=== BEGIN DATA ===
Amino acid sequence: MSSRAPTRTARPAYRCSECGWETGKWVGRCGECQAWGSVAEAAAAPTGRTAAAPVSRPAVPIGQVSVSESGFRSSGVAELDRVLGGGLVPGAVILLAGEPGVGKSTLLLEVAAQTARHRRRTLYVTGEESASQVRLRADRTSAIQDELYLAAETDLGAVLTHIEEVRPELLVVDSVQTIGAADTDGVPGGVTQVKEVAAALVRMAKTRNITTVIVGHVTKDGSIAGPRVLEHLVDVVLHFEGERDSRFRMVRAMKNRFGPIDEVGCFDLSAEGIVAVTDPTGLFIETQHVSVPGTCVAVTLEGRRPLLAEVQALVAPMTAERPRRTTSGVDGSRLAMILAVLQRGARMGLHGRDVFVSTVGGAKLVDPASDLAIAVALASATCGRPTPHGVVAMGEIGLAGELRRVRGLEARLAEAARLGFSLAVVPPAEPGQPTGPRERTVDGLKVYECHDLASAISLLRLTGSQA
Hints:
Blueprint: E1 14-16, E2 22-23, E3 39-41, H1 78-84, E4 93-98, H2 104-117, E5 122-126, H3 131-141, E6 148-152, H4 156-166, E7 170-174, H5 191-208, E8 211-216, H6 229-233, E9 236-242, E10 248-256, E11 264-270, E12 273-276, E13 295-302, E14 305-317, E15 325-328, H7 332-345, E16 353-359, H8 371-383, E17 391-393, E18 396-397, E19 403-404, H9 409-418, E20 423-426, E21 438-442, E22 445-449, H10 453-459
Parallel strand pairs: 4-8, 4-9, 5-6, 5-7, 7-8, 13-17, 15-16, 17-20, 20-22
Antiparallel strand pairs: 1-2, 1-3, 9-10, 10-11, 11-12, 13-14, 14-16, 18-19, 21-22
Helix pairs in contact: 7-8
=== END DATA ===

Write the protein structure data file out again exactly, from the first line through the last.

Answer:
Amino acid sequence: MSSRAPTRTARPAYRCSECGWETGKWVGRCGECQAWGSVAEAAAAPTGRTAAAPVSRPAVPIGQVSVSESGFRSSGVAELDRVLGGGLVPGAVILLAGEPGVGKSTLLLEVAAQTARHRRRTLYVTGEESASQVRLRADRTSAIQDELYLAAETDLGAVLTHIEEVRPELLVVDSVQTIGAADTDGVPGGVTQVKEVAAALVRMAKTRNITTVIVGHVTKDGSIAGPRVLEHLVDVVLHFEGERDSRFRMVRAMKNRFGPIDEVGCFDLSAEGIVAVTDPTGLFIETQHVSVPGTCVAVTLEGRRPLLAEVQALVAPMTAERPRRTTSGVDGSRLAMILAVLQRGARMGLHGRDVFVSTVGGAKLVDPASDLAIAVALASATCGRPTPHGVVAMGEIGLAGELRRVRGLEARLAEAARLGFSLAVVPPAEPGQPTGPRERTVDGLKVYECHDLASAISLLRLTGSQA
Hints:
Blueprint: E1 14-16, E2 22-23, E3 39-41, H1 78-84, E4 93-98, H2 104-117, E5 122-126, H3 131-141, E6 148-152, H4 156-166, E7 170-174, H5 191-208, E8 211-216, H6 229-233, E9 236-242, E10 248-256, E11 264-270, E12 273-276, E13 295-302, E14 305-317, E15 325-328, H7 332-345, E16 353-359, H8 371-383, E17 391-393, E18 396-397, E19 403-404, H9 409-418, E20 423-426, E21 438-442, E22 445-449, H10 453-459
Parallel strand pairs: 4-8, 4-9, 5-6, 5-7, 7-8, 13-17, 15-16, 17-20, 20-22
Antiparallel strand pairs: 1-2, 1-3, 9-10, 10-11, 11-12, 13-14, 14-16, 18-19, 21-22
Helix pairs in contact: 7-8